Site to See: McGruff growling to take a bite out of mortgage fraud crime
(11/30/2012) - McGruff is in the house.
With its iconic crime-fighting watchdog McGruff off the leash, the National Crime Prevention Council (NCPC) has picked up the scent on mortgage fraud.
U.S. Department of Justice funding allowed NCPC to create an online public outreach program to fight mortgage fraud, a scourge that targets homeowners already victimized by questionable lending practices and hard times.
The U.S. Treasury's Financial Crimes Enforcement Network (FinCEN) recently reported the number of foreclosure mortgage fraud reports in the first half of 2012 was so high it nearly equaled those from all of 2011.
The same agency said mortgage fraud was up 31 percent the year before.
The U.S. Department of Justice's (DOJ) Federal Bureau of Investigations (FBI) reports a host of prevelant mortgage fraud schemes in foreclosure rescue, real estate investment, equity skimming, short sale, illegal property flipping, title/escrow/settlement, commercial loan, and builder bailouts. Home equity line of credit (HELOC) fraud, reverse mortgage fraud, and fraud involving loan modifications are also a concern.
Mortgage fraud often includes conspiracy, collusion, racketeering and other criminal behavior found in organized crime.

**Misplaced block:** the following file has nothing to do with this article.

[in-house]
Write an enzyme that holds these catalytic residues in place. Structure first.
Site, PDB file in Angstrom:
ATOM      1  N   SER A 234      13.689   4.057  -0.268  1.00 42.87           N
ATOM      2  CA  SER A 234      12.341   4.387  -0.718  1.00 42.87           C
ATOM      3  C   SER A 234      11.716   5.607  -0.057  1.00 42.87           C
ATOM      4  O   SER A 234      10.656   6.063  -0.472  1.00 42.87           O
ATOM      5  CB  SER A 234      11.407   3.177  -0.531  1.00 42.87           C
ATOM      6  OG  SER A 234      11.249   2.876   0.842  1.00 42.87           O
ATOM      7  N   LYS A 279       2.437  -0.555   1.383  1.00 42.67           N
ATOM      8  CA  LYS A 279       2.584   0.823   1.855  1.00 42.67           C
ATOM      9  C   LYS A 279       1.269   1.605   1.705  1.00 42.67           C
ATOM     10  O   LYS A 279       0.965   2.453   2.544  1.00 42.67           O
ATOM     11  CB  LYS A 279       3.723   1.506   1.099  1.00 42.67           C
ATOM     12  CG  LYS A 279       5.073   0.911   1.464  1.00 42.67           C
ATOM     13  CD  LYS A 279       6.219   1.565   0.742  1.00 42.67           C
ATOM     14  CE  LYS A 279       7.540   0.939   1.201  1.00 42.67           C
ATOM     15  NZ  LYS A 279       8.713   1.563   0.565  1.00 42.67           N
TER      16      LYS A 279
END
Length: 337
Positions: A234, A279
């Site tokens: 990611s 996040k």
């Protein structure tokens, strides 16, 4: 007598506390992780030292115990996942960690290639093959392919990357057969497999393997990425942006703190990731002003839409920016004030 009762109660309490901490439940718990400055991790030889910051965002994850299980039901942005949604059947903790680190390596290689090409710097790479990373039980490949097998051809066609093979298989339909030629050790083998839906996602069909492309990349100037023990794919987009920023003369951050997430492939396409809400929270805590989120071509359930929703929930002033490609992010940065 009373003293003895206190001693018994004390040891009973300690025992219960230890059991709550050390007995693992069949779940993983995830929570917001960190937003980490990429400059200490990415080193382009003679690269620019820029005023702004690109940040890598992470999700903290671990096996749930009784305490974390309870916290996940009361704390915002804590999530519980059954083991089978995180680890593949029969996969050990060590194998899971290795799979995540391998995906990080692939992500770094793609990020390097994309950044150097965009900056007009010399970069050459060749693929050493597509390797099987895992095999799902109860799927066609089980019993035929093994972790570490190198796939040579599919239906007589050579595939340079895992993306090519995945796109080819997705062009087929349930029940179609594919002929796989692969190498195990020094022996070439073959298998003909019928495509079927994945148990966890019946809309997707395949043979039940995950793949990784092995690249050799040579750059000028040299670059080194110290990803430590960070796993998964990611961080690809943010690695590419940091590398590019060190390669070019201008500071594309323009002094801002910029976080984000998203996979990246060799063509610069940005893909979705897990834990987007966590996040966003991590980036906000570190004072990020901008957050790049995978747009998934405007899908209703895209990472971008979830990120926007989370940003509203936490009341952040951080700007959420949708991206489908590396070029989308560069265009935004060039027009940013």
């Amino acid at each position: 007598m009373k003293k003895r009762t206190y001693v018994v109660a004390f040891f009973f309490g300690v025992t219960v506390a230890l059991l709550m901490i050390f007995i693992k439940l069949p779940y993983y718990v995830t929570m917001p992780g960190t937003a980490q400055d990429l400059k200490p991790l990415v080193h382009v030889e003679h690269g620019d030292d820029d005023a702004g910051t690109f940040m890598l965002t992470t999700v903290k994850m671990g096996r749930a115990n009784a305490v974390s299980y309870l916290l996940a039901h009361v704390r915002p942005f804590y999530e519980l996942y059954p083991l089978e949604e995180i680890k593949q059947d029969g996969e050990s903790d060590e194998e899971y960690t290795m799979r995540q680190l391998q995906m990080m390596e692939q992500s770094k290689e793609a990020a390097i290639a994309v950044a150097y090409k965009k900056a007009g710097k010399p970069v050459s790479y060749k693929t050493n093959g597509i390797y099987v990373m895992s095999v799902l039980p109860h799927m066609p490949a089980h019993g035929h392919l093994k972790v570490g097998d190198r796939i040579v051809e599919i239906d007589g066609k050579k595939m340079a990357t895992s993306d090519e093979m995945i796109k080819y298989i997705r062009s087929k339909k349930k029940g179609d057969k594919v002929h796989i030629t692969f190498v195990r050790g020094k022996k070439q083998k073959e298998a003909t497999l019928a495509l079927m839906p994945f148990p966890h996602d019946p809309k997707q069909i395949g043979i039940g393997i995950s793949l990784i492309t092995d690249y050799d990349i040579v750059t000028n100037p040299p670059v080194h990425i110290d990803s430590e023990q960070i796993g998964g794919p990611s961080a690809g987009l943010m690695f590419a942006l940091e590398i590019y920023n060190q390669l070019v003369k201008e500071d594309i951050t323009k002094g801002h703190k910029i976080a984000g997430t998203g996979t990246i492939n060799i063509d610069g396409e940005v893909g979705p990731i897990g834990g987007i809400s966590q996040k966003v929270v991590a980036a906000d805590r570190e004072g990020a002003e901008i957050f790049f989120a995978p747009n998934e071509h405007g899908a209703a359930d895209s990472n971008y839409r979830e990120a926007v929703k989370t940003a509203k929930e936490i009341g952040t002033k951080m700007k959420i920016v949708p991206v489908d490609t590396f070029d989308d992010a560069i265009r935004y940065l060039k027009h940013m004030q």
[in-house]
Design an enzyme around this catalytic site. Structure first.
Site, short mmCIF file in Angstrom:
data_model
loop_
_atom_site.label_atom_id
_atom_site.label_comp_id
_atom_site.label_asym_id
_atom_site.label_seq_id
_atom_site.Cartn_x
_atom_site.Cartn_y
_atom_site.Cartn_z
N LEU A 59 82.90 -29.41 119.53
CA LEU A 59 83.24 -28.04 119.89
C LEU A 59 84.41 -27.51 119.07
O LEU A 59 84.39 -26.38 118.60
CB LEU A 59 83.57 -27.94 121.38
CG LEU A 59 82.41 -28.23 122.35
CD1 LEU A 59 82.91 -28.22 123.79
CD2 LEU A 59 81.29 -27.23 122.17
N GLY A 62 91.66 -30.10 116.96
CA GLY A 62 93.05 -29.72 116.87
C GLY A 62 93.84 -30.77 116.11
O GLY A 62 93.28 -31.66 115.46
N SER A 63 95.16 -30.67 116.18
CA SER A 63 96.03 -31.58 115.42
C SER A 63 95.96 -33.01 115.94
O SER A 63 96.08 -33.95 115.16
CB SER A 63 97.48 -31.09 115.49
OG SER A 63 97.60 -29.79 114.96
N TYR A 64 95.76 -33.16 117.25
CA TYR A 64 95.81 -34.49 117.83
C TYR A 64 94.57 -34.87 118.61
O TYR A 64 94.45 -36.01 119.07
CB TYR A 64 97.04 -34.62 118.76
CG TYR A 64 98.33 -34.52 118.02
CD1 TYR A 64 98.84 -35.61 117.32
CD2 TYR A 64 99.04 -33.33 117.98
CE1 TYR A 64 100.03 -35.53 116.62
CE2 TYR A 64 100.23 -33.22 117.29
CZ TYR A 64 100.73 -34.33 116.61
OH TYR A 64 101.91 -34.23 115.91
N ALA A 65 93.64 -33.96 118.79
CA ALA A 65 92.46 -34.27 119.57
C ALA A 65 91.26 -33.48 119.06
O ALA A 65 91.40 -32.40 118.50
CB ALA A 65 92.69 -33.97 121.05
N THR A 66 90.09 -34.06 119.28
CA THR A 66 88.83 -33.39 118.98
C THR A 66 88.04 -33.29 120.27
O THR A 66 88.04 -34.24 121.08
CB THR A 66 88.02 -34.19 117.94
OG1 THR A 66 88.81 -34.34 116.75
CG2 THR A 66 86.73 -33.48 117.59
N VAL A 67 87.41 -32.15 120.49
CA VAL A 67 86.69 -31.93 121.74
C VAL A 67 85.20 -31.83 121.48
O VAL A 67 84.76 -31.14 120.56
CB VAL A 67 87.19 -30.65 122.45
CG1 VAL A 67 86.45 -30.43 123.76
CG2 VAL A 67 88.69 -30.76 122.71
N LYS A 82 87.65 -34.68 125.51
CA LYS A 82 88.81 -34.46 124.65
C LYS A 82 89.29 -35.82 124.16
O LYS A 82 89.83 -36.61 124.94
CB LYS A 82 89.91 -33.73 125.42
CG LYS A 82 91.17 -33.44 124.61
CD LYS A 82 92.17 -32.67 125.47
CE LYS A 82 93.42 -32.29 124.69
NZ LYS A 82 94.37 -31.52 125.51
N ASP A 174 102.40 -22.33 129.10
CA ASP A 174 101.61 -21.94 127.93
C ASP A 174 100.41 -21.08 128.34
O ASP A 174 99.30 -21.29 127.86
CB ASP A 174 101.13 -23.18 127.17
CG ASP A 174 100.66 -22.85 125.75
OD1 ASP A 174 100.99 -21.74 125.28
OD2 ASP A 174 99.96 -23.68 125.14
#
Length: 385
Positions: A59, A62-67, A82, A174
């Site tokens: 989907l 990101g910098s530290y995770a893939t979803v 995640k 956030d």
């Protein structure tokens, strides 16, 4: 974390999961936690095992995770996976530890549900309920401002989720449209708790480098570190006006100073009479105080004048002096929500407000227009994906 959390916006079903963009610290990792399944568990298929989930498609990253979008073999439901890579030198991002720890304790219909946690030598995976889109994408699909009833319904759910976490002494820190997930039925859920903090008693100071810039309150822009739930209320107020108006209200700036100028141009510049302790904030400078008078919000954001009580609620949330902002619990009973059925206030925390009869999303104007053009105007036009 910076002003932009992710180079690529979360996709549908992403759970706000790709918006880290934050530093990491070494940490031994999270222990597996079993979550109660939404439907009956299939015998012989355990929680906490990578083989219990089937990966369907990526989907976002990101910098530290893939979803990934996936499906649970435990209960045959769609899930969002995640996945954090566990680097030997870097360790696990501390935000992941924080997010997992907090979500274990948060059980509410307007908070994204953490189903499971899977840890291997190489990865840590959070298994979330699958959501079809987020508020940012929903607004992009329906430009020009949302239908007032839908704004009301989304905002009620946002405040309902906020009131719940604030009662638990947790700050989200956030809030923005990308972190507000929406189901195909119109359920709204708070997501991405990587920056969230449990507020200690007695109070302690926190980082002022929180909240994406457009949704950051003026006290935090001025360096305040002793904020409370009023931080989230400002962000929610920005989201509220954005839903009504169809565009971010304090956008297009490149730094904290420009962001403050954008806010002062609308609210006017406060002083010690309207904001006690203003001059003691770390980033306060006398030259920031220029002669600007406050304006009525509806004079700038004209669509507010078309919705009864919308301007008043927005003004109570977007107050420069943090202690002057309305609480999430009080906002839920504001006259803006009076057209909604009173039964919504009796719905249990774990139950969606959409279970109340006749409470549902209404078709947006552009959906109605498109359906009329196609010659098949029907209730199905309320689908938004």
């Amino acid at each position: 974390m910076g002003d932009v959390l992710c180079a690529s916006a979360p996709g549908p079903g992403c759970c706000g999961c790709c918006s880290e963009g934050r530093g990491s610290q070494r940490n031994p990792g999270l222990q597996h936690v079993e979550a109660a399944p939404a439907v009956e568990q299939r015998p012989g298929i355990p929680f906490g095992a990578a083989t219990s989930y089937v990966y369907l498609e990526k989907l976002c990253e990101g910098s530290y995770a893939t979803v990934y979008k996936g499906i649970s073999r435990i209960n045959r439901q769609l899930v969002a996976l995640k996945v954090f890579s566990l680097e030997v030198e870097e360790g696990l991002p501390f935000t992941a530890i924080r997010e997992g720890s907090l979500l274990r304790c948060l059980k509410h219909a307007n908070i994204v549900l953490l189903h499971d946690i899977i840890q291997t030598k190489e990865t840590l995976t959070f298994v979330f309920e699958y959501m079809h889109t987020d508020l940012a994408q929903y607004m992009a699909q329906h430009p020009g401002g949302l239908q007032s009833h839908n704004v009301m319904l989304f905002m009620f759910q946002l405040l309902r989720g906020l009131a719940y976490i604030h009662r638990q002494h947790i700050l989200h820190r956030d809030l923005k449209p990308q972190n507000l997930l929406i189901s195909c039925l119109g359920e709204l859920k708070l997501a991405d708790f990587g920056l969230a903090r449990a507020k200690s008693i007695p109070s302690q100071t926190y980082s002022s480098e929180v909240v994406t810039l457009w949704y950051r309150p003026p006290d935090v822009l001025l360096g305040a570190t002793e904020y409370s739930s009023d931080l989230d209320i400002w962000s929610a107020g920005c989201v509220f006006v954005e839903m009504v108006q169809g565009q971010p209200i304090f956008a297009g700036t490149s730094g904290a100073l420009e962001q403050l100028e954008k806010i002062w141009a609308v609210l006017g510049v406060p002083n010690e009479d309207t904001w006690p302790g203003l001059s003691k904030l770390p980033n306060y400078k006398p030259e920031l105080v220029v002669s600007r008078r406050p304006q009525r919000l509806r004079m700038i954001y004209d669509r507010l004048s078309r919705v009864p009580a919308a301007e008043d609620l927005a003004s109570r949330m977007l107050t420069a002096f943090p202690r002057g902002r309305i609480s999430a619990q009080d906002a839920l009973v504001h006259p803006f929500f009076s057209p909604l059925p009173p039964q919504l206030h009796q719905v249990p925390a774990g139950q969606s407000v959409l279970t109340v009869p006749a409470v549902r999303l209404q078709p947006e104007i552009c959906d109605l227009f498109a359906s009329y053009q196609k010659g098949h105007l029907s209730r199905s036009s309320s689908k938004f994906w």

Mortgage fraud is one of the fastest growing financial crimes in the history of the nation.
Mortgage fraud contributed to the dramatic rise in the number of vacant and abandoned properties across the country since 2008.
Mortgage fraud exacerbates foreclosure-caused conditions that include devastated communities, heightened crime, lower property values and emotional despair so acute it sends foreclosure-blighted neighborhood residents to the hosptial.
Prosecutors consider mortgage fraud to be among "the most economically destructive crimes prosecuted by their offices," according to Patrick Leahy, co-sponsor of the Fraud Enforcement and Recovery Act.
Arresting mortgage fraud
Working with law enforcement to bust mortgage fraud criminals, NCPC opened its new online mortgage fraud resource center to help consumers get in the fight and protect themsleves.
Along with public service announcements, flyers, posters, podcasts, webinars and other tools for both consumers and their adovoctes, NCPC's spring 2013 Mortgage Fraud Virtual Conference will offer lessons in mortgage fraud, preventative measures for avoiding it and what resources are available for victims.
NCPC's online resources also include links to consumer agencies that assist fraud victims, including the DOJ's Office for Victims of Crime, the Obama Administration's Financial Fraud Enforcement Task Force, the HOPE Now Alliance and other resources.
McGruff also barks out these mortgage fraud red flags:
Empty promises. Do not respond to offers that promise "No Credit, No Problem" or "No Down Payment," among other come-ons.
A pack of lies. Refuse to falsify your income or make misleading statements on loan documents.
Incomplete documents. Never sign a blank document or a document that contains blank lines.
Feigned impatience. Don't allow anyone to give you unreasonable deadlines or pressure you to sign a contract. Read contracts thoroughly and understand what you are signing.
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